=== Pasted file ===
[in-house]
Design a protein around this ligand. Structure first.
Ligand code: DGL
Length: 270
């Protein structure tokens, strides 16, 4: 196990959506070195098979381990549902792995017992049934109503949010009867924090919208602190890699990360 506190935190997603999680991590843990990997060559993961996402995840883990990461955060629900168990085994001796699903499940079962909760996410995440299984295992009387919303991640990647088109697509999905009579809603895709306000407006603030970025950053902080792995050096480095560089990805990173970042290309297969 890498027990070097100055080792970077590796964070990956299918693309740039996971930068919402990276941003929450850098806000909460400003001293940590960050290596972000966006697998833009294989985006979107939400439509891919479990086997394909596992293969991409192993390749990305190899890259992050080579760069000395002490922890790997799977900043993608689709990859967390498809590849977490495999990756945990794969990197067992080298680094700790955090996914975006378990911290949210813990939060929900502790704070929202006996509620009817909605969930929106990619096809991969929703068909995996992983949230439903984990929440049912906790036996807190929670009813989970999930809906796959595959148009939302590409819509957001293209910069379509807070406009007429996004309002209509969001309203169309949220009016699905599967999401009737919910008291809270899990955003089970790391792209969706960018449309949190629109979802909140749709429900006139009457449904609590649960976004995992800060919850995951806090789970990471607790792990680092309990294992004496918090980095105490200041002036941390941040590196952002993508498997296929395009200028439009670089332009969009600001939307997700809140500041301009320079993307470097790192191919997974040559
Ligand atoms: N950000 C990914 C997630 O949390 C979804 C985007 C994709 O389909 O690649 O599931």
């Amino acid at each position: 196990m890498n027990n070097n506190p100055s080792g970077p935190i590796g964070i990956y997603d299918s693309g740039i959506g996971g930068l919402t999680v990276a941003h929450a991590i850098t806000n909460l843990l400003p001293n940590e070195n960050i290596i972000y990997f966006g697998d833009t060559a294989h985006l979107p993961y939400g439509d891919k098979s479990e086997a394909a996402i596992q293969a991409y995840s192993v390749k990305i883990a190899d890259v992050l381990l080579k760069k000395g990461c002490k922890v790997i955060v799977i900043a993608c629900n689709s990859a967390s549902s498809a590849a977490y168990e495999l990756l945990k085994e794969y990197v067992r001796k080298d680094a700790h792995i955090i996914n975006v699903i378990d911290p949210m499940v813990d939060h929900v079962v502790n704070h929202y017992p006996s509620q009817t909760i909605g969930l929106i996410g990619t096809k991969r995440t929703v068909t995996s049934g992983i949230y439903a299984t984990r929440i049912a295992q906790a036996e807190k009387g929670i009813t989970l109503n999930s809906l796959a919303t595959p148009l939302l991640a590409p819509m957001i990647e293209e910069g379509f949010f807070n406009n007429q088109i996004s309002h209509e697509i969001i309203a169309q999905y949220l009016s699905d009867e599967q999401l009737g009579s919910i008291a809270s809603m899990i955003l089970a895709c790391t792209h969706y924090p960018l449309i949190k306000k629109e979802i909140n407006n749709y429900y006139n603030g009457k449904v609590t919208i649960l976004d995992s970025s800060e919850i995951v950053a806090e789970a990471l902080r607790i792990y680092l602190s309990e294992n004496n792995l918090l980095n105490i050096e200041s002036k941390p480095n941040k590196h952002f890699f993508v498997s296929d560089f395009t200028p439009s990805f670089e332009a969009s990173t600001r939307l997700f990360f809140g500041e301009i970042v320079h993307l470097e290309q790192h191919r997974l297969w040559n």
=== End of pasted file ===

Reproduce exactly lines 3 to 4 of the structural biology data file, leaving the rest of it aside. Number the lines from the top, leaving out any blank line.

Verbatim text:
Ligand code: DGL
Length: 270